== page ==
Survival in cancer patients receiving Kampo therapy

Researchers from The University of Tokushima in Japan initially used Kampo to reduce the side effects and improve the quality of life of patients with uterine cervical cancer being treated with radiotherapy and chemotherapy.

Later, an analysis of patients treated between 1978 and 1998 showed that Kampo was associated with prolongation of life compared to patients with uterine cervical cancer who did not receive Kampo. The results from patients with stage II cancer showed 5, 10, and 15 years survival rate of 79%, 62% and 43% with Kampo and 67%, 43% and 23% without Kampo — statistically significant differences. The survival differences for state III and IV disease were also significant.

The bottom line?
The authors tell us, “In Japan, various forms of chemotherapy have been tested in conjunction with radiotherapy with the objective of prolonging survival in patients with advanced cervical cancer. However, although these methods increase the local success rate of cancer treatment, they do little to prolong survival, and their use is reportedly accompanied by a higher incidence of side effects.”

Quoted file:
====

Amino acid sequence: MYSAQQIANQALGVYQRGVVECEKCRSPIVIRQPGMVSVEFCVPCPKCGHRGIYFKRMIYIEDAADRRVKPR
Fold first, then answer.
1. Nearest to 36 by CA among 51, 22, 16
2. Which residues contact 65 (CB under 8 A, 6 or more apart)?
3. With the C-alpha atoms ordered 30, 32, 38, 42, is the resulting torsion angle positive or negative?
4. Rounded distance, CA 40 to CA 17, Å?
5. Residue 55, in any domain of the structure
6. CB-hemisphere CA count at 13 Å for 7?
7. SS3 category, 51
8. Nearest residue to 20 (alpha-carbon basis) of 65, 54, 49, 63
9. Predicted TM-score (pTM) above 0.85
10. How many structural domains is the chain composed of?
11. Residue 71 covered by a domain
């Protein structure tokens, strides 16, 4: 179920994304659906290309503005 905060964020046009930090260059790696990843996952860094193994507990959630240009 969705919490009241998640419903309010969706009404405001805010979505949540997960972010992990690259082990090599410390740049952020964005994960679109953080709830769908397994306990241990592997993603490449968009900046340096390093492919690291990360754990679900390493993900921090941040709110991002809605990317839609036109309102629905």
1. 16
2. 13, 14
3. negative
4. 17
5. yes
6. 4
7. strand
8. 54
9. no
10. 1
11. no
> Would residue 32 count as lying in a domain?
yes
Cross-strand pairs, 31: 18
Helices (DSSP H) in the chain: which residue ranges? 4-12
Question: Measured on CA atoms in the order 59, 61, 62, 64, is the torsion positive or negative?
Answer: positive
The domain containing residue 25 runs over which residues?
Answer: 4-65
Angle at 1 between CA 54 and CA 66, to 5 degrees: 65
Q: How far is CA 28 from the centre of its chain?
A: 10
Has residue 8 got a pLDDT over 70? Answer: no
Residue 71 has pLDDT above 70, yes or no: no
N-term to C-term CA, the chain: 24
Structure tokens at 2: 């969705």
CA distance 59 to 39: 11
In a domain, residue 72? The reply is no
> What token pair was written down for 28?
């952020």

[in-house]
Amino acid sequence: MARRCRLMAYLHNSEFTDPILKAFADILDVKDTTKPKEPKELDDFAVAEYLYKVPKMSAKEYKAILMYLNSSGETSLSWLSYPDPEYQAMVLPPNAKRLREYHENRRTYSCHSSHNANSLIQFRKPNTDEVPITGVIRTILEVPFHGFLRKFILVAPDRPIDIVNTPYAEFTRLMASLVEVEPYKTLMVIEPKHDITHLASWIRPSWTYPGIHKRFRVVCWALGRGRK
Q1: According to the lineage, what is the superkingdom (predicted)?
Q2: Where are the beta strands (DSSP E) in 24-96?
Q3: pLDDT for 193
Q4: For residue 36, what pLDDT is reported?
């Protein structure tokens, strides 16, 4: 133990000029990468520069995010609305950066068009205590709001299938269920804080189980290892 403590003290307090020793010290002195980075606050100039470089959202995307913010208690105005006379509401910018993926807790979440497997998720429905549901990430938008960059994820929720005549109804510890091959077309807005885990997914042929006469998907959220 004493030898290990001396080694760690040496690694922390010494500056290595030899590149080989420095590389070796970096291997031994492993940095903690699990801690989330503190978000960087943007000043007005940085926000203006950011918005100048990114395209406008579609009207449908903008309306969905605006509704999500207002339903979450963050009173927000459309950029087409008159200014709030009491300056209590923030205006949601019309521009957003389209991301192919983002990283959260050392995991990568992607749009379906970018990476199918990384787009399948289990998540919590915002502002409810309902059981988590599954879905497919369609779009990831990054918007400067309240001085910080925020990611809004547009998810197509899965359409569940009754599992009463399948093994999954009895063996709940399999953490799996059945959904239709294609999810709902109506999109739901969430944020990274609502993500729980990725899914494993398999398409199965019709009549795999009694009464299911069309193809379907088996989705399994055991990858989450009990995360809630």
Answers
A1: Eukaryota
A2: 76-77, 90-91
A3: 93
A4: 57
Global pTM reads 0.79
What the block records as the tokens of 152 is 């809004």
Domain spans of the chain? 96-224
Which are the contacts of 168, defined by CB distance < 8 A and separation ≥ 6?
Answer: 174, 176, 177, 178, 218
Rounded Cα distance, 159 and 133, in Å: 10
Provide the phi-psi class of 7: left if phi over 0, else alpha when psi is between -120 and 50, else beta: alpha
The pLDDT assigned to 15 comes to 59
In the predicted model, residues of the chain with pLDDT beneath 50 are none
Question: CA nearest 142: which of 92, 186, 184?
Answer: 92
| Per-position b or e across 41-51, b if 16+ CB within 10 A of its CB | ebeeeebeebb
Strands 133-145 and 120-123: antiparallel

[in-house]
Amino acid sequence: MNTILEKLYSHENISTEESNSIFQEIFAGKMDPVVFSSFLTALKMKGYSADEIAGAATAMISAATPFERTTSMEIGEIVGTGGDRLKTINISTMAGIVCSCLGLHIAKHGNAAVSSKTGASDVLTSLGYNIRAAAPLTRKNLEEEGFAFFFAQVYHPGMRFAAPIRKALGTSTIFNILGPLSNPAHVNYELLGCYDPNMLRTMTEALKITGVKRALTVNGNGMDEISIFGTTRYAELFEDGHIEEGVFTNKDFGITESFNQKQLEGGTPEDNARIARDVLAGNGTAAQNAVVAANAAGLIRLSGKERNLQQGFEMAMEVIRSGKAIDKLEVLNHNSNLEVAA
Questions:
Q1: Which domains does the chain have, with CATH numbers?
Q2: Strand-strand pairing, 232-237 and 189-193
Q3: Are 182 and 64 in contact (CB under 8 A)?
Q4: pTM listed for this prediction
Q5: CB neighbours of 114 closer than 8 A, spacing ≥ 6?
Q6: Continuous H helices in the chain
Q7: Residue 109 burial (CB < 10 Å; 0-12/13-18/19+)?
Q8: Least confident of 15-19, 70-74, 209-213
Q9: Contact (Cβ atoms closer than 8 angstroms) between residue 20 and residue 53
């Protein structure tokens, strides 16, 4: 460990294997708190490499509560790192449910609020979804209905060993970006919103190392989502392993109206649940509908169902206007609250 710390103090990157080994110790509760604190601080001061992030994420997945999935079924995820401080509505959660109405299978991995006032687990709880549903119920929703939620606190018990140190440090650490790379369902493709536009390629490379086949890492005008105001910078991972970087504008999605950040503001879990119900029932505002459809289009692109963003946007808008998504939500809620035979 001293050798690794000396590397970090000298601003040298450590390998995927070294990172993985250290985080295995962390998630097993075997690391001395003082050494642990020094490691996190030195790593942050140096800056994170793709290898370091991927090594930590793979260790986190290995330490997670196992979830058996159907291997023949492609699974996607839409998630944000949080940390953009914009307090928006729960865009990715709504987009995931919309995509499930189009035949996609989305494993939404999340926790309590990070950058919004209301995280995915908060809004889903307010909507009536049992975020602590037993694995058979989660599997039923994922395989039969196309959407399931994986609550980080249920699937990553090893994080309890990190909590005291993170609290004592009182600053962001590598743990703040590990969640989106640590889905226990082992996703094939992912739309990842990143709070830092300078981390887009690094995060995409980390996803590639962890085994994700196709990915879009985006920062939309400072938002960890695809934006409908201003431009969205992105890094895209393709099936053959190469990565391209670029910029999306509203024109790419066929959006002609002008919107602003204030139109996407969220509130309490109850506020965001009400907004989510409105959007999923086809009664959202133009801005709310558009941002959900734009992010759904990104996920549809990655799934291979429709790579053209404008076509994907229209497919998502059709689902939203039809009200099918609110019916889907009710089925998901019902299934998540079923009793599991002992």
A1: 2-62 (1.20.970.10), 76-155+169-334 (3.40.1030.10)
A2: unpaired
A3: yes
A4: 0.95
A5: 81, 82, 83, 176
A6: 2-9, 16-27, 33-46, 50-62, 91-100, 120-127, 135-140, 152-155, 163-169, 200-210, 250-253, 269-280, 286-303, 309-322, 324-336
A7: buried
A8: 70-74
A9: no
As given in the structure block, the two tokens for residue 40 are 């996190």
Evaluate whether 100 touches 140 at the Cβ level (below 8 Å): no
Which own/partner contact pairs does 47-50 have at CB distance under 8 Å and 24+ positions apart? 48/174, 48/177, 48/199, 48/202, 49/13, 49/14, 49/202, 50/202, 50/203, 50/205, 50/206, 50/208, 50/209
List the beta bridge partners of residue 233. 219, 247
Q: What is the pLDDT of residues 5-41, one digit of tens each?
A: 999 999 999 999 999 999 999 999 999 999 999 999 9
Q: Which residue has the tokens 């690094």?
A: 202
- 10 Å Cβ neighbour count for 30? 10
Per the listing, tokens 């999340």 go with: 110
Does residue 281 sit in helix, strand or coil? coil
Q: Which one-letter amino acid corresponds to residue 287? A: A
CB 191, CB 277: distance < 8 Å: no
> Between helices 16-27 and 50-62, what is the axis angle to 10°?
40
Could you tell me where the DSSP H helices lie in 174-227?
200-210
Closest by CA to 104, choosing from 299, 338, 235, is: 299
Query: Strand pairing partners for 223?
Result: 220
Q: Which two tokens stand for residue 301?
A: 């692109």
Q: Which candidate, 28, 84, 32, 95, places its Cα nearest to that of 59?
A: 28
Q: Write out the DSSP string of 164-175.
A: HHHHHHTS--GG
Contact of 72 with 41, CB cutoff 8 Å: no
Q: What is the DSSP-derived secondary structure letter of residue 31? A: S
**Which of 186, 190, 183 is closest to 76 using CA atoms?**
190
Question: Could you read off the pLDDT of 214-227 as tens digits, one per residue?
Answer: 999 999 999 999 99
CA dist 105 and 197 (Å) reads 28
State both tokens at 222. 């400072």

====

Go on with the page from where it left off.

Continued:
In this study, multivariate analysis (a statistical technique where multiple variables are analyzed separately to determine the contribution of each on an observed result) showed that concomitant chemotherapy was not a significant prognostic indicator of prolonged survival.

Only stage and concomitant Kampo therapy emerged as a significant prognostic indicator.

The authors “intend to perform further research with more patients to explore how this therapy contributes to the prolonging of patients survival.”

5/25/08 23:25

Hi, I’m JR

John Russo, Jr., PharmD, is president of The MedCom Resource, Inc. Previously, he was senior vice president of medical communications at, a complementary and alternative medicine website.